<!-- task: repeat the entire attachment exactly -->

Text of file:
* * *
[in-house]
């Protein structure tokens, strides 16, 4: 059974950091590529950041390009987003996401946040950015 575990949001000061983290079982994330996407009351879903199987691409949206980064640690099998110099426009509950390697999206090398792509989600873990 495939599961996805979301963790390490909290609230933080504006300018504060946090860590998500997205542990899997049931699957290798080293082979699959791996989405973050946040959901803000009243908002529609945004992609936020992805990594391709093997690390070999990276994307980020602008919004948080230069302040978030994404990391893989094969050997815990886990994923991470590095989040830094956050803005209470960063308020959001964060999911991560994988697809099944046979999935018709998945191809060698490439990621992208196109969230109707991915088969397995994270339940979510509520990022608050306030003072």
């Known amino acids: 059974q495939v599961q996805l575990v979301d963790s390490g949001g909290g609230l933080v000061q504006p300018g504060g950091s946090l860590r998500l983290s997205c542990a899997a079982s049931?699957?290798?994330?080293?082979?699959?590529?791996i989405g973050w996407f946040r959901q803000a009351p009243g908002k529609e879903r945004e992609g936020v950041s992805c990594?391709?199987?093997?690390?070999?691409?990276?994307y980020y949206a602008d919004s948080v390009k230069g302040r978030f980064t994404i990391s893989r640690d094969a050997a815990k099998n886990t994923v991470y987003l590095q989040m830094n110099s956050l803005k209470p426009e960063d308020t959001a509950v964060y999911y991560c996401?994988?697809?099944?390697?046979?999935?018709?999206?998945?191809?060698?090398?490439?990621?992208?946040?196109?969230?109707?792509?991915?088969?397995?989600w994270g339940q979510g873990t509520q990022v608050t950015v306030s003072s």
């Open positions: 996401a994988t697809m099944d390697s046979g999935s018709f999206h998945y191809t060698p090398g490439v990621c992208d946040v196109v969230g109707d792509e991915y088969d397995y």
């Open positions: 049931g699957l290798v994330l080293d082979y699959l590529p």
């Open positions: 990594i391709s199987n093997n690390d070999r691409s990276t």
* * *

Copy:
[in-house]
């Protein structure tokens, strides 16, 4: 059974950091590529950041390009987003996401946040950015 575990949001000061983290079982994330996407009351879903199987691409949206980064640690099998110099426009509950390697999206090398792509989600873990 495939599961996805979301963790390490909290609230933080504006300018504060946090860590998500997205542990899997049931699957290798080293082979699959791996989405973050946040959901803000009243908002529609945004992609936020992805990594391709093997690390070999990276994307980020602008919004948080230069302040978030994404990391893989094969050997815990886990994923991470590095989040830094956050803005209470960063308020959001964060999911991560994988697809099944046979999935018709998945191809060698490439990621992208196109969230109707991915088969397995994270339940979510509520990022608050306030003072």
């Known amino acids: 059974q495939v599961q996805l575990v979301d963790s390490g949001g909290g609230l933080v000061q504006p300018g504060g950091s946090l860590r998500l983290s997205c542990a899997a079982s049931?699957?290798?994330?080293?082979?699959?590529?791996i989405g973050w996407f946040r959901q803000a009351p009243g908002k529609e879903r945004e992609g936020v950041s992805c990594?391709?199987?093997?690390?070999?691409?990276?994307y980020y949206a602008d919004s948080v390009k230069g302040r978030f980064t994404i990391s893989r640690d094969a050997a815990k099998n886990t994923v991470y987003l590095q989040m830094n110099s956050l803005k209470p426009e960063d308020t959001a509950v964060y999911y991560c996401?994988?697809?099944?390697?046979?999935?018709?999206?998945?191809?060698?090398?490439?990621?992208?946040?196109?969230?109707?792509?991915?088969?397995?989600w994270g339940q979510g873990t509520q990022v608050t950015v306030s003072s």
């Open positions: 996401a994988t697809m099944d390697s046979g999935s018709f999206h998945y191809t060698p090398g490439v990621c992208d946040v196109v969230g109707d792509e991915y088969d397995y």
């Open positions: 049931g699957l290798v994330l080293d082979y699959l590529p």
């Open positions: 990594i391709s199987n093997n690390d070999r691409s990276t």